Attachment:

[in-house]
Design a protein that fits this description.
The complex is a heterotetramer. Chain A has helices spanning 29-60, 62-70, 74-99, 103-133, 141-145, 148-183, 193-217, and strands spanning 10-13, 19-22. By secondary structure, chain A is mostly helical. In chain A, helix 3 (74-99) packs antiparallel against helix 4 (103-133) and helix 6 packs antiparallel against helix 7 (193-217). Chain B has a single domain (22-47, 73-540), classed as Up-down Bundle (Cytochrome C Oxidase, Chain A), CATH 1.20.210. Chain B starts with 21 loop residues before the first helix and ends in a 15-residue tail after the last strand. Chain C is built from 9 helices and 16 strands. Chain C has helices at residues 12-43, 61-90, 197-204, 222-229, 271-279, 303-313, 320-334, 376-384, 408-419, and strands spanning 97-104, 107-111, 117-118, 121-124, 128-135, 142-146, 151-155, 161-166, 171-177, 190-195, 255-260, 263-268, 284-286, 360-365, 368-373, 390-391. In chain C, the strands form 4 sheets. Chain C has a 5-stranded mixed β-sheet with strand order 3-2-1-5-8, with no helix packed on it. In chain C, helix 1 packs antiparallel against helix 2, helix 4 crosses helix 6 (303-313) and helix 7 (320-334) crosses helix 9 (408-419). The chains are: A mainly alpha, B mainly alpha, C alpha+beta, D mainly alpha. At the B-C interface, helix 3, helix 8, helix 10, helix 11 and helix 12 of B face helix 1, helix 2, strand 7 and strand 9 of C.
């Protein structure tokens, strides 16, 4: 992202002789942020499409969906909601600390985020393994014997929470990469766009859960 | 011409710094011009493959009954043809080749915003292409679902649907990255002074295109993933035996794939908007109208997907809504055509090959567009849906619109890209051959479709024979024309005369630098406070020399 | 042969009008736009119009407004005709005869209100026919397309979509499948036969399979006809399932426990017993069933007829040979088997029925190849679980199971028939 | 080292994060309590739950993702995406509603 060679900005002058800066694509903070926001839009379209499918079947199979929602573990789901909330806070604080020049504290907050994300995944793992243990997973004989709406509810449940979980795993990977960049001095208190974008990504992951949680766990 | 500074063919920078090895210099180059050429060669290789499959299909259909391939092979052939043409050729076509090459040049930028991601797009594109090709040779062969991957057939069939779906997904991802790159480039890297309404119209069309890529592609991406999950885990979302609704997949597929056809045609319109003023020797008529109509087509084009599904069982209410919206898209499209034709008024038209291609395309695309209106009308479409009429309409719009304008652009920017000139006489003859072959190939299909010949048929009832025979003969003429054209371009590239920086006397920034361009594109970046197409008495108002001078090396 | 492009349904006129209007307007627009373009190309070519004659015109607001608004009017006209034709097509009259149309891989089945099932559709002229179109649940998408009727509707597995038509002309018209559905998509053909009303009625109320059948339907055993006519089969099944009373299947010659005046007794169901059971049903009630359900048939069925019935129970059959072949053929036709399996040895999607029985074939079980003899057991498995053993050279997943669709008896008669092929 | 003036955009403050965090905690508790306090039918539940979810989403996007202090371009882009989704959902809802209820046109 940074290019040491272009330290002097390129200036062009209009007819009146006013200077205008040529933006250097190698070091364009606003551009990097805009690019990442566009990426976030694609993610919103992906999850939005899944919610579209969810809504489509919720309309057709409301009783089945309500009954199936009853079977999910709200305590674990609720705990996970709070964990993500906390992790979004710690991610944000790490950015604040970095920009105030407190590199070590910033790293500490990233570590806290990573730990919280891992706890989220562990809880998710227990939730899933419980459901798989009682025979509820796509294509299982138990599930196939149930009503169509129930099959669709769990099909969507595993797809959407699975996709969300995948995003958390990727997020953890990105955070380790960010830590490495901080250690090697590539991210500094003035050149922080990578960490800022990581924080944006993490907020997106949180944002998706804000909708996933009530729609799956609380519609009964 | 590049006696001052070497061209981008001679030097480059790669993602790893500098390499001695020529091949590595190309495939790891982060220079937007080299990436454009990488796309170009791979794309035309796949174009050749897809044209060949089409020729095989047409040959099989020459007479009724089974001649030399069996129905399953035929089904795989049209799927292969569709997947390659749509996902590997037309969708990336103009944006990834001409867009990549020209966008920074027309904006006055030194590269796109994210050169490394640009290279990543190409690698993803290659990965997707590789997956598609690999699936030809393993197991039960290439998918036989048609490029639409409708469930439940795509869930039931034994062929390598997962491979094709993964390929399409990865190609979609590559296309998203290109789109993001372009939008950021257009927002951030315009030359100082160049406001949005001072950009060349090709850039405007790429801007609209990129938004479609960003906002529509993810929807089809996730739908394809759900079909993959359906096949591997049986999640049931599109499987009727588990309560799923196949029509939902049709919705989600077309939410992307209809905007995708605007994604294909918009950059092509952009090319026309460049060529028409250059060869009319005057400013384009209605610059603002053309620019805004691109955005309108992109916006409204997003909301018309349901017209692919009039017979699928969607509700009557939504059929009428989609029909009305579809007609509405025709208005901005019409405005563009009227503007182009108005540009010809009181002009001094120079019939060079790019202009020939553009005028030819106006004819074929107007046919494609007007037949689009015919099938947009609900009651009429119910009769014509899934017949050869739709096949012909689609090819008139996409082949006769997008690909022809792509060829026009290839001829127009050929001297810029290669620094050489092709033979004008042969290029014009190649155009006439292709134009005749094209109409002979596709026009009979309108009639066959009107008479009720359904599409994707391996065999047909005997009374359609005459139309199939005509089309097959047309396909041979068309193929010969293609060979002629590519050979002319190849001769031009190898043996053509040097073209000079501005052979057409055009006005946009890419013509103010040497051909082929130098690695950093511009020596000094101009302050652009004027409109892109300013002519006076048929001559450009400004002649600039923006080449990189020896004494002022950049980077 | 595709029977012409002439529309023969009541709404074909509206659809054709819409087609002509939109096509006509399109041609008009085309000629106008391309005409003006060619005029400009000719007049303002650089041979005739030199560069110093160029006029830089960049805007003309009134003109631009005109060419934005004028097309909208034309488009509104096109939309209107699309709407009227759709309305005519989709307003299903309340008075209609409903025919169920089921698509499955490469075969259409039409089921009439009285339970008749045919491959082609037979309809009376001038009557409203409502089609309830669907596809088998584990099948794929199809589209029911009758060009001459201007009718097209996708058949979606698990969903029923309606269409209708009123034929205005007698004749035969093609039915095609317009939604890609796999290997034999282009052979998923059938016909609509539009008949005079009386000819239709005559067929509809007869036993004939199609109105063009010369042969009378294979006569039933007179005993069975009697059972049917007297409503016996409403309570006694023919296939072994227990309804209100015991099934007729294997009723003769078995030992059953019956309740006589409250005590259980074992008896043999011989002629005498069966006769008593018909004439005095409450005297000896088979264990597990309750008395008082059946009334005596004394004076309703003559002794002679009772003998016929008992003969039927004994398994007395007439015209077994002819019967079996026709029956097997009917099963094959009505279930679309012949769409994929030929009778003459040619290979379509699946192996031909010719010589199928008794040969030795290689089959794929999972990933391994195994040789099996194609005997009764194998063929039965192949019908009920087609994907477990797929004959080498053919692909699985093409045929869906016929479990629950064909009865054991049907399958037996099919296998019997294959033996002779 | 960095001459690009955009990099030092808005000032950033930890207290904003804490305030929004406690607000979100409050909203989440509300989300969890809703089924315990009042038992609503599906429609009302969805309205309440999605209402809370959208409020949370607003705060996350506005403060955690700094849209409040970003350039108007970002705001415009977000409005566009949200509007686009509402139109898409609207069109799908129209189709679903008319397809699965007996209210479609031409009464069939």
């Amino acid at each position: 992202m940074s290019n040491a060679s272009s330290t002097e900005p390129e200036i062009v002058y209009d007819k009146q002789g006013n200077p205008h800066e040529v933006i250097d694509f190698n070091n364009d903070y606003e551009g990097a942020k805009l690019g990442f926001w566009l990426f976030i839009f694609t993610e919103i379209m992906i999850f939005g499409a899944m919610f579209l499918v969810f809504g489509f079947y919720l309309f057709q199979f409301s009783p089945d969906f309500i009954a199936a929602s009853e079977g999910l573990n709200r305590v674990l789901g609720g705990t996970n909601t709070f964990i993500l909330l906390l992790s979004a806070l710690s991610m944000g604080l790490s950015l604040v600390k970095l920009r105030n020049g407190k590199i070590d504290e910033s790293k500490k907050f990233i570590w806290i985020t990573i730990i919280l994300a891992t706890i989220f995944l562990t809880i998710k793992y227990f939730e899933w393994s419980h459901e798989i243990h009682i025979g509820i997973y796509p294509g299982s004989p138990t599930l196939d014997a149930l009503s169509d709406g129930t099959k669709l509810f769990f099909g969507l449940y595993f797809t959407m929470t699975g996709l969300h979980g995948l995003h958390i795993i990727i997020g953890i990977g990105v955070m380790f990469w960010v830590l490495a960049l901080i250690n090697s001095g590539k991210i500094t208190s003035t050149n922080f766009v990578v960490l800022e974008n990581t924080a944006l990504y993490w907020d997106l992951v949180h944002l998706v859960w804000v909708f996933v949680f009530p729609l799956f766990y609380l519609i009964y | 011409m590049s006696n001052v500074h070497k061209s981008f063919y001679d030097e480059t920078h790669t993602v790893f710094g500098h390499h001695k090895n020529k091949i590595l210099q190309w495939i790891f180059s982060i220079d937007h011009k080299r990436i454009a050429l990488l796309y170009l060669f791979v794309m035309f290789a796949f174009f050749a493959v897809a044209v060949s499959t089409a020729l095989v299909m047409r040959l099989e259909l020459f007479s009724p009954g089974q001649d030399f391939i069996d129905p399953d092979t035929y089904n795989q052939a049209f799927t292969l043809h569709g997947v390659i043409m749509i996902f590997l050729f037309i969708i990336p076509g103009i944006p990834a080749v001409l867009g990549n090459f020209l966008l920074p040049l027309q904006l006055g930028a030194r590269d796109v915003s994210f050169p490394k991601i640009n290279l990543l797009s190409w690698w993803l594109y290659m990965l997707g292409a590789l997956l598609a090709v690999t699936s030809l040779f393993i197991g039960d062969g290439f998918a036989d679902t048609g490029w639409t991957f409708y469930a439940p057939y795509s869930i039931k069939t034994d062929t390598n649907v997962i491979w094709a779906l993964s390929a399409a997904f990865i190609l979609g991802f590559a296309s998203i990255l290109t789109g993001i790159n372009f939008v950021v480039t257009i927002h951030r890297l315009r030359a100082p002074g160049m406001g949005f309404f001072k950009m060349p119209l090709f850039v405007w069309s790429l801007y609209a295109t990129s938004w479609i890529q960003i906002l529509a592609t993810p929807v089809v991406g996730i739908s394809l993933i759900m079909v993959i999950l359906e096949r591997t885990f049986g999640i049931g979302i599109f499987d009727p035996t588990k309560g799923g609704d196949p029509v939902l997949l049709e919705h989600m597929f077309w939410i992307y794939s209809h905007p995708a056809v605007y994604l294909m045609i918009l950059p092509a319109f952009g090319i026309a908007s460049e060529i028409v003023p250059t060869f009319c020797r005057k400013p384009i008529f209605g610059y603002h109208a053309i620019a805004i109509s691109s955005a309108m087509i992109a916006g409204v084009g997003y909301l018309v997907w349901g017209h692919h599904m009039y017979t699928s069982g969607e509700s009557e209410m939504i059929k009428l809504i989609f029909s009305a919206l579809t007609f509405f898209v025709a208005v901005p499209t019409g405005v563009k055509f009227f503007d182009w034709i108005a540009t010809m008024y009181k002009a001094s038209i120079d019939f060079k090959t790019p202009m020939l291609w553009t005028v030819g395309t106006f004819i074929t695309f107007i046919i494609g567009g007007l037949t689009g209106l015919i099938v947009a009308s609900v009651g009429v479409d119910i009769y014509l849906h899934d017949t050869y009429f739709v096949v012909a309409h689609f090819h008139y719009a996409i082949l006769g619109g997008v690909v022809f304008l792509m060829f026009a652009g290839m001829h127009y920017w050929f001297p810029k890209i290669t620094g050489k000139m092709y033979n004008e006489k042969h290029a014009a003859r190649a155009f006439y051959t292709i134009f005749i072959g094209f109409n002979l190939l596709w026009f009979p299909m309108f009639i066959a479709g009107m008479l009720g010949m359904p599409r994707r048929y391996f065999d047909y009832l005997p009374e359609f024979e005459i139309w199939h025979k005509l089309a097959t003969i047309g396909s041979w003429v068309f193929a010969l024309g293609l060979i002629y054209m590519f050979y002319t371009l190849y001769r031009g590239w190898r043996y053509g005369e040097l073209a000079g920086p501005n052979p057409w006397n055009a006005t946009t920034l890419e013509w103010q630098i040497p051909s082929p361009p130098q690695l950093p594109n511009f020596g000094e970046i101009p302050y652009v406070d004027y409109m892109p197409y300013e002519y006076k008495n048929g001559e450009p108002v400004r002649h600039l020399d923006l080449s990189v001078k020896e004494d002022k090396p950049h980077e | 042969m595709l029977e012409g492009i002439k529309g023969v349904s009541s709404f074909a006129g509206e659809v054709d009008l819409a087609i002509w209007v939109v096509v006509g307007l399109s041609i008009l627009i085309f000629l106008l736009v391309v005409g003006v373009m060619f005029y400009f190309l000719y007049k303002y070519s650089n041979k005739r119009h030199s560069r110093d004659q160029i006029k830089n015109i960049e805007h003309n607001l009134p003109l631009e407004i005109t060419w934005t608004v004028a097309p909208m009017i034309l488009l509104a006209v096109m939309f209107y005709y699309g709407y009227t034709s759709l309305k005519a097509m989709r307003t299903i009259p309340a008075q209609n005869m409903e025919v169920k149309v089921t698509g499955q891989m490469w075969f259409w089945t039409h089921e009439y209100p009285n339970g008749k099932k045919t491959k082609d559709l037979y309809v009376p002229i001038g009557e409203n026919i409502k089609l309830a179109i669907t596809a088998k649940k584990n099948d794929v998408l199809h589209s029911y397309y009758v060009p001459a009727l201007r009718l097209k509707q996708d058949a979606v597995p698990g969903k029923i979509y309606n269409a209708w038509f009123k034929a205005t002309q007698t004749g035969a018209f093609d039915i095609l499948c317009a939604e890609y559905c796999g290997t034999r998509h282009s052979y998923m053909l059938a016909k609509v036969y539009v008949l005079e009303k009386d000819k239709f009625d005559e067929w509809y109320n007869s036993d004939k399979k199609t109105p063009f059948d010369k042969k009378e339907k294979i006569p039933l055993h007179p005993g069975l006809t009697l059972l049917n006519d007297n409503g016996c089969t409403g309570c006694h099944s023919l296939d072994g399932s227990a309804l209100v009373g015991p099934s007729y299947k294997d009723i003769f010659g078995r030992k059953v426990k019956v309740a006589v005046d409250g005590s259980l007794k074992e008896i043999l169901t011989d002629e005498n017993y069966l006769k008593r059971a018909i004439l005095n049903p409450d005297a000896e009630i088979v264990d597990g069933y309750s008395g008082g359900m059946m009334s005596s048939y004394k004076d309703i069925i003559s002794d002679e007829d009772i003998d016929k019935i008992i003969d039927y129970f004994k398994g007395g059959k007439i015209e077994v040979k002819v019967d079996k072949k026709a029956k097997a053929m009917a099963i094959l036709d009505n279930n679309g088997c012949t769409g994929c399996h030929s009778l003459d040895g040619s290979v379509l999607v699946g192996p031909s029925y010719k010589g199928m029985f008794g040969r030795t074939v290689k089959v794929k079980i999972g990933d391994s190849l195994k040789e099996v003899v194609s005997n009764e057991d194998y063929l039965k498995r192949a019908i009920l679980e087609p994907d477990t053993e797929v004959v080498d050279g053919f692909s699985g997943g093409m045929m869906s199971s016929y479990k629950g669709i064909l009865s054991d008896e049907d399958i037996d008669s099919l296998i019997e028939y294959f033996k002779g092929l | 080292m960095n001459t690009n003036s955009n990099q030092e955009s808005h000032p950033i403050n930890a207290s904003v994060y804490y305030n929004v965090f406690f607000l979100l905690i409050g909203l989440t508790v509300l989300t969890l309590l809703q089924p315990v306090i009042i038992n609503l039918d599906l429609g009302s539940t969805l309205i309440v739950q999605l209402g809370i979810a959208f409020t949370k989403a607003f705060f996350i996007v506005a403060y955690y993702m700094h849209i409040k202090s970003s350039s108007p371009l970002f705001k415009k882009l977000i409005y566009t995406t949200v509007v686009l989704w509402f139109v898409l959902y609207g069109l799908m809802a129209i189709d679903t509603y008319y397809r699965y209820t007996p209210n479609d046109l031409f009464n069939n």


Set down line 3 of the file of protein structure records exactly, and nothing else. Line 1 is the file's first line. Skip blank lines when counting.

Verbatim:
The complex is a heterotetramer. Chain A has helices spanning 29-60, 62-70, 74-99, 103-133, 141-145, 148-183, 193-217, and strands spanning 10-13, 19-22. By secondary structure, chain A is mostly helical. In chain A, helix 3 (74-99) packs antiparallel against helix 4 (103-133) and helix 6 packs antiparallel against helix 7 (193-217). Chain B has a single domain (22-47, 73-540), classed as Up-down Bundle (Cytochrome C Oxidase, Chain A), CATH 1.20.210. Chain B starts with 21 loop residues before the first helix and ends in a 15-residue tail after the last strand. Chain C is built from 9 helices and 16 strands. Chain C has helices at residues 12-43, 61-90, 197-204, 222-229, 271-279, 303-313, 320-334, 376-384, 408-419, and strands spanning 97-104, 107-111, 117-118, 121-124, 128-135, 142-146, 151-155, 161-166, 171-177, 190-195, 255-260, 263-268, 284-286, 360-365, 368-373, 390-391. In chain C, the strands form 4 sheets. Chain C has a 5-stranded mixed β-sheet with strand order 3-2-1-5-8, with no helix packed on it. In chain C, helix 1 packs antiparallel against helix 2, helix 4 crosses helix 6 (303-313) and helix 7 (320-334) crosses helix 9 (408-419). The chains are: A mainly alpha, B mainly alpha, C alpha+beta, D mainly alpha. At the B-C interface, helix 3, helix 8, helix 10, helix 11 and helix 12 of B face helix 1, helix 2, strand 7 and strand 9 of C.